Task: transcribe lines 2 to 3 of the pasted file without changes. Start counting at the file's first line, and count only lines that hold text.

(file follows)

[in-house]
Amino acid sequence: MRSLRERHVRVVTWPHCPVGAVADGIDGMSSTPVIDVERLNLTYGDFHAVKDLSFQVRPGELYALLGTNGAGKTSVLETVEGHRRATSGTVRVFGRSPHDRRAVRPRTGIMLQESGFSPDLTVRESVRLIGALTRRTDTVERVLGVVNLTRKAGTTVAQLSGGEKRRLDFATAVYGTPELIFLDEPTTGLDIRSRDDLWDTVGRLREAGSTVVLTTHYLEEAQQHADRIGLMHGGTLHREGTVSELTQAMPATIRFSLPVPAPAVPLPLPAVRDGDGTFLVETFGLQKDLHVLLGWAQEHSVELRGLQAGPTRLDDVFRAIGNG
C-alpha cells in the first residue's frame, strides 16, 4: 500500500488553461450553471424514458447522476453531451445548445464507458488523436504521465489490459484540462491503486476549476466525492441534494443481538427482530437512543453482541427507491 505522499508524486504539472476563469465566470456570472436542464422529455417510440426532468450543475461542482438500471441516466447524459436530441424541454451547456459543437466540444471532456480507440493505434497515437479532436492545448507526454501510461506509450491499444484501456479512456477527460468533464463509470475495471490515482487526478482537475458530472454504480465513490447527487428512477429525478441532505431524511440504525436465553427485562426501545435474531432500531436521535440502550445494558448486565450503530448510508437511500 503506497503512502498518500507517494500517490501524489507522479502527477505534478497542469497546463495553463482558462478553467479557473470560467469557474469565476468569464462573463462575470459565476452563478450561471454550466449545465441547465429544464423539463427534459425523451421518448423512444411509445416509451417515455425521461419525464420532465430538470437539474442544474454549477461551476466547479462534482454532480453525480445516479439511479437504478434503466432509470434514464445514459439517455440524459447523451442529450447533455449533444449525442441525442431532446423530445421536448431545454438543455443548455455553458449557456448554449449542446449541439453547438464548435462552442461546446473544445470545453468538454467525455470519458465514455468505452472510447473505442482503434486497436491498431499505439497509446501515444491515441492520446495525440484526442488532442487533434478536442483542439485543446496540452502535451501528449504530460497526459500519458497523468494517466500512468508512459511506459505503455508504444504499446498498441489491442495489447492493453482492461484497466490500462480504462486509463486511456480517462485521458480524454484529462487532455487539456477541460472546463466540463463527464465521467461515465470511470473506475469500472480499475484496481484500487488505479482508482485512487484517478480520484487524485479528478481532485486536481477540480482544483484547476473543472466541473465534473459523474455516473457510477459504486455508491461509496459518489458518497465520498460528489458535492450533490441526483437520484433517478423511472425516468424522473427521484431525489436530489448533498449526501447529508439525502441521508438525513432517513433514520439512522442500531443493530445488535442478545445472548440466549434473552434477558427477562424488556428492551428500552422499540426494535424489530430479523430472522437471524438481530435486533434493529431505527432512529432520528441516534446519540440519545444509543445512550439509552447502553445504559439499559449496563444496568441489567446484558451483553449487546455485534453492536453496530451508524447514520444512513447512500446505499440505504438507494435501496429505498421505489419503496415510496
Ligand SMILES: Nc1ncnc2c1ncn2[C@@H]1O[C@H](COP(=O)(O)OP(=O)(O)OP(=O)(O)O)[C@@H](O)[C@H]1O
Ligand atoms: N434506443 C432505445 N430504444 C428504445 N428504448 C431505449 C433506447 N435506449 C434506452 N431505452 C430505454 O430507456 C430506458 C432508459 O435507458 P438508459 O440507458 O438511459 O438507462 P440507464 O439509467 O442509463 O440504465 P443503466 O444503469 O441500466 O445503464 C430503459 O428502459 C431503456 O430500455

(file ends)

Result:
Amino acid sequence: MRSLRERHVRVVTWPHCPVGAVADGIDGMSSTPVIDVERLNLTYGDFHAVKDLSFQVRPGELYALLGTNGAGKTSVLETVEGHRRATSGTVRVFGRSPHDRRAVRPRTGIMLQESGFSPDLTVRESVRLIGALTRRTDTVERVLGVVNLTRKAGTTVAQLSGGEKRRLDFATAVYGTPELIFLDEPTTGLDIRSRDDLWDTVGRLREAGSTVVLTTHYLEEAQQHADRIGLMHGGTLHREGTVSELTQAMPATIRFSLPVPAPAVPLPLPAVRDGDGTFLVETFGLQKDLHVLLGWAQEHSVELRGLQAGPTRLDDVFRAIGNG
C-alpha cells in the first residue's frame, strides 16, 4: 500500500488553461450553471424514458447522476453531451445548445464507458488523436504521465489490459484540462491503486476549476466525492441534494443481538427482530437512543453482541427507491 505522499508524486504539472476563469465566470456570472436542464422529455417510440426532468450543475461542482438500471441516466447524459436530441424541454451547456459543437466540444471532456480507440493505434497515437479532436492545448507526454501510461506509450491499444484501456479512456477527460468533464463509470475495471490515482487526478482537475458530472454504480465513490447527487428512477429525478441532505431524511440504525436465553427485562426501545435474531432500531436521535440502550445494558448486565450503530448510508437511500 503506497503512502498518500507517494500517490501524489507522479502527477505534478497542469497546463495553463482558462478553467479557473470560467469557474469565476468569464462573463462575470459565476452563478450561471454550466449545465441547465429544464423539463427534459425523451421518448423512444411509445416509451417515455425521461419525464420532465430538470437539474442544474454549477461551476466547479462534482454532480453525480445516479439511479437504478434503466432509470434514464445514459439517455440524459447523451442529450447533455449533444449525442441525442431532446423530445421536448431545454438543455443548455455553458449557456448554449449542446449541439453547438464548435462552442461546446473544445470545453468538454467525455470519458465514455468505452472510447473505442482503434486497436491498431499505439497509446501515444491515441492520446495525440484526442488532442487533434478536442483542439485543446496540452502535451501528449504530460497526459500519458497523468494517466500512468508512459511506459505503455508504444504499446498498441489491442495489447492493453482492461484497466490500462480504462486509463486511456480517462485521458480524454484529462487532455487539456477541460472546463466540463463527464465521467461515465470511470473506475469500472480499475484496481484500487488505479482508482485512487484517478480520484487524485479528478481532485486536481477540480482544483484547476473543472466541473465534473459523474455516473457510477459504486455508491461509496459518489458518497465520498460528489458535492450533490441526483437520484433517478423511472425516468424522473427521484431525489436530489448533498449526501447529508439525502441521508438525513432517513433514520439512522442500531443493530445488535442478545445472548440466549434473552434477558427477562424488556428492551428500552422499540426494535424489530430479523430472522437471524438481530435486533434493529431505527432512529432520528441516534446519540440519545444509543445512550439509552447502553445504559439499559449496563444496568441489567446484558451483553449487546455485534453492536453496530451508524447514520444512513447512500446505499440505504438507494435501496429505498421505489419503496415510496